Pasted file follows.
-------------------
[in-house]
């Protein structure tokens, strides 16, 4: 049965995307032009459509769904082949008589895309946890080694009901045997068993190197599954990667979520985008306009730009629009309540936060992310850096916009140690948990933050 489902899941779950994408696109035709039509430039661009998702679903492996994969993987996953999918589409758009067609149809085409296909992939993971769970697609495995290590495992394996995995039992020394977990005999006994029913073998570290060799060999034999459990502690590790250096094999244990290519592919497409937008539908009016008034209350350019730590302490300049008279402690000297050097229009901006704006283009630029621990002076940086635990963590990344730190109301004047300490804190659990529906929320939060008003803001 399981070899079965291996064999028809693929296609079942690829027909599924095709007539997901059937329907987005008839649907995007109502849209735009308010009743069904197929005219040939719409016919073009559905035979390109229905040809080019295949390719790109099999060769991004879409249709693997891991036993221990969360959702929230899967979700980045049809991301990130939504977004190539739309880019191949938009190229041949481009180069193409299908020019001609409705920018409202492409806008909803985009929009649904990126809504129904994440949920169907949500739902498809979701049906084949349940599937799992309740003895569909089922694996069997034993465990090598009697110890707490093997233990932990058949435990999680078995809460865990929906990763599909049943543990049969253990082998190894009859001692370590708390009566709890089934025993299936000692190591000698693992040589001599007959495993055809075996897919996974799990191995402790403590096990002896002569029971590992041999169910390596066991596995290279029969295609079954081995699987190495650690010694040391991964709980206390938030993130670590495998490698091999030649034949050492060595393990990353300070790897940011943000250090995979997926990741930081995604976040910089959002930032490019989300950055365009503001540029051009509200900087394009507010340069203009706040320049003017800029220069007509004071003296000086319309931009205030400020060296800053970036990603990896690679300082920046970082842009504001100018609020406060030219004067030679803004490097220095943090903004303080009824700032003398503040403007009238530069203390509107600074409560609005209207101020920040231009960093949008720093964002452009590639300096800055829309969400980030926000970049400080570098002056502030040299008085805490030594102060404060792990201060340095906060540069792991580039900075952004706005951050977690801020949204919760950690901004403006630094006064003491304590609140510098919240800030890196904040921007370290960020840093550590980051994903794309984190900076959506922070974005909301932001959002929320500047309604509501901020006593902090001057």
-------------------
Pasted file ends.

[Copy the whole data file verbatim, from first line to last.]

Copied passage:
[in-house]
């Protein structure tokens, strides 16, 4: 049965995307032009459509769904082949008589895309946890080694009901045997068993190197599954990667979520985008306009730009629009309540936060992310850096916009140690948990933050 489902899941779950994408696109035709039509430039661009998702679903492996994969993987996953999918589409758009067609149809085409296909992939993971769970697609495995290590495992394996995995039992020394977990005999006994029913073998570290060799060999034999459990502690590790250096094999244990290519592919497409937008539908009016008034209350350019730590302490300049008279402690000297050097229009901006704006283009630029621990002076940086635990963590990344730190109301004047300490804190659990529906929320939060008003803001 399981070899079965291996064999028809693929296609079942690829027909599924095709007539997901059937329907987005008839649907995007109502849209735009308010009743069904197929005219040939719409016919073009559905035979390109229905040809080019295949390719790109099999060769991004879409249709693997891991036993221990969360959702929230899967979700980045049809991301990130939504977004190539739309880019191949938009190229041949481009180069193409299908020019001609409705920018409202492409806008909803985009929009649904990126809504129904994440949920169907949500739902498809979701049906084949349940599937799992309740003895569909089922694996069997034993465990090598009697110890707490093997233990932990058949435990999680078995809460865990929906990763599909049943543990049969253990082998190894009859001692370590708390009566709890089934025993299936000692190591000698693992040589001599007959495993055809075996897919996974799990191995402790403590096990002896002569029971590992041999169910390596066991596995290279029969295609079954081995699987190495650690010694040391991964709980206390938030993130670590495998490698091999030649034949050492060595393990990353300070790897940011943000250090995979997926990741930081995604976040910089959002930032490019989300950055365009503001540029051009509200900087394009507010340069203009706040320049003017800029220069007509004071003296000086319309931009205030400020060296800053970036990603990896690679300082920046970082842009504001100018609020406060030219004067030679803004490097220095943090903004303080009824700032003398503040403007009238530069203390509107600074409560609005209207101020920040231009960093949008720093964002452009590639300096800055829309969400980030926000970049400080570098002056502030040299008085805490030594102060404060792990201060340095906060540069792991580039900075952004706005951050977690801020949204919760950690901004403006630094006064003491304590609140510098919240800030890196904040921007370290960020840093550590980051994903794309984190900076959506922070974005909301932001959002929320500047309604509501901020006593902090001057």